How you take Interstellar sort of depends on whether you remember it more for its visual impact (the giant wave planet!) or its messy final act (“The Hathaway Deception”). Personally I tend to give filmmakers more leeway for narrative messiness when it seems to have been a result of them exploring the big questions until it drives them a little crazy (see also: Snowpiercer). Nolan took a massive swing with Interstellar, it was admirable.

With Dunkirk, Nolan’s transition feels complete. Of all the things you could say about it, the last two are that it’s confusing or narratively complex. Not only does it not rely on a complicated narrative, there’s barely any dialogue. It consists almost entirely of awe-inspiring imagery and visual tension, almost to the detriment of everything else. The guy who once seemed like he could shoot everything but a coherent action sequence has filmed what’s essentially a two-hour action sequence. It’s Nolan’s final break from the expectations of being “The Mindf*ck Guy.” Perhaps too slick to give up gimmicks entirely (maybe we’ll call them “angles,” which is what you call a gimmick that you like) Dunkirk‘s gimmick is that it has no gimmick.

Depicting the Dunkirk evacuation at the beginning of the second World War, when the Germans had the French and English armies surrounded on a tiny beach (and then halted their advance, for reasons that have been debated ever since), the film is told not quite linearly but pretty close, from three perspectives — land (soldiers waiting to be evacuated from a long breakwater called “the mole,” mostly from the perspective of two soldiers played by Fionn Whitehead and Aneurin Barnard, who eventually meet up with Harry Styles and a few others), sea (a pleasure yacht requisitioned for emergency evacuation — captained by Mark Rylance’s character, crewed by his teenage son and his son’s friend), and air (a detachment of British fighters led by Tom Hardy). The land sequence covers a week, the sea a day, the air an hour, cross-cut between the three — all announced through title cards, such that it doesn’t feel like twists or trickery.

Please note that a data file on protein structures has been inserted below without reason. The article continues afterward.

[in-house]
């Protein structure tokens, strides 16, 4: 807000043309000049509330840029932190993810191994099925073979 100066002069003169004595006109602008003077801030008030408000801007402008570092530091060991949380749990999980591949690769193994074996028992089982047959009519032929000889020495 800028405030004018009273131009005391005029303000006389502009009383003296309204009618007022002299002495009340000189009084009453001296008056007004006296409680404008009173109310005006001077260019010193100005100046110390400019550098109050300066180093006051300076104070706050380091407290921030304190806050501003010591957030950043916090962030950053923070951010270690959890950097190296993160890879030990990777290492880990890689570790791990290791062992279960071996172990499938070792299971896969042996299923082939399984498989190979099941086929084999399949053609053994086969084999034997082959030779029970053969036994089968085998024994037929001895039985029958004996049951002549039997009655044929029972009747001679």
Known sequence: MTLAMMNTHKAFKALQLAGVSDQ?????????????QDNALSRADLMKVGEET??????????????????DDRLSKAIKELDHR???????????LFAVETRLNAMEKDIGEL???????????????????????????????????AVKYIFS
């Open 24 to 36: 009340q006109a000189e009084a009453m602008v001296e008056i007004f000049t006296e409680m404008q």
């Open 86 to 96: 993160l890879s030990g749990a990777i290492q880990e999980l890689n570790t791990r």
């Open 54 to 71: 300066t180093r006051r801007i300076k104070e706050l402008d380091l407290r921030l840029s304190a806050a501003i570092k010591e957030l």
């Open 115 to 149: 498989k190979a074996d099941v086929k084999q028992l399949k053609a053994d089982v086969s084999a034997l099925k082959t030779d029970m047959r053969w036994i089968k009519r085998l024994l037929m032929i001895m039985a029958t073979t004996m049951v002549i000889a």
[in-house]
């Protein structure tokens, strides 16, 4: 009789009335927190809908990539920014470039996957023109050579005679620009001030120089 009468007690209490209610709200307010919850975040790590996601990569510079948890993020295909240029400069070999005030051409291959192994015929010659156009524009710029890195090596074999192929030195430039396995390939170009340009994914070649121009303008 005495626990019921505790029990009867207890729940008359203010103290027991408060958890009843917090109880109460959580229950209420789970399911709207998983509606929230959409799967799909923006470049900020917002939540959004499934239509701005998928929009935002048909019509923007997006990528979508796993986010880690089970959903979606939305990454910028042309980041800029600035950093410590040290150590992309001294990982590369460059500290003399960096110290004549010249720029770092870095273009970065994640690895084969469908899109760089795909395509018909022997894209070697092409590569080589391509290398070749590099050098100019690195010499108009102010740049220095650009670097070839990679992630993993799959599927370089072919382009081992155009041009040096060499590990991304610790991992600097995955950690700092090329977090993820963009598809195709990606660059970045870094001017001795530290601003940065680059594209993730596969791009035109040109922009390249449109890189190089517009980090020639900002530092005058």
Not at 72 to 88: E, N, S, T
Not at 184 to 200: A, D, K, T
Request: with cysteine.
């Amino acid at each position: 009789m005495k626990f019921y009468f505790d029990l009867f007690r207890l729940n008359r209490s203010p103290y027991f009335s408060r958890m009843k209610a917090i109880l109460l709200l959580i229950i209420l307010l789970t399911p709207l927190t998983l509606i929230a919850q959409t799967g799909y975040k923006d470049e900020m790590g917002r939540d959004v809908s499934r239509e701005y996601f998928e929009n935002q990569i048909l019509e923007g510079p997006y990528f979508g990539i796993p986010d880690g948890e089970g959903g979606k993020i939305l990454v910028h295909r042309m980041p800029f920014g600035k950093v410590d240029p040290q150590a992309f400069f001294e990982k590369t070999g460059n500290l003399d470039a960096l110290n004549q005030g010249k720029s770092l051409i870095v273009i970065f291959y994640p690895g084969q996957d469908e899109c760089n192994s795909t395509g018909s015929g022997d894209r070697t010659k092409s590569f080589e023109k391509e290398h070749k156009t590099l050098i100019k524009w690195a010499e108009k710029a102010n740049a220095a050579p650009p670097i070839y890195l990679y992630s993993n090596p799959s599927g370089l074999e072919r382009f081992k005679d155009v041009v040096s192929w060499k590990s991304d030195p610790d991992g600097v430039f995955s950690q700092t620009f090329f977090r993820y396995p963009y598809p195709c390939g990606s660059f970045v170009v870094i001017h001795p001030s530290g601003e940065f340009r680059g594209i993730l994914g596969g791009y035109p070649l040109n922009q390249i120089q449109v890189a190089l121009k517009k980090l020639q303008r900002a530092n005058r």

If you watch earlier Nolan movies, especially Batman Begins, action scenes were characterized by a thousand cuts, almost as if he was using the disjointed editing itself to create the chaotic confusion he was hoping to evoke. It was impressionistic but results-oriented — we’d see and hear the outcome of a punch but not the punch itself. Even Insomnia, which otherwise seemed like a sumptuous visual spectacle before we realized that that would become Christopher Nolan’s “thing,” still reverted to that blur-cut-blur-cut-thump-thump-blur-cut-blur style every time there were stunts involved.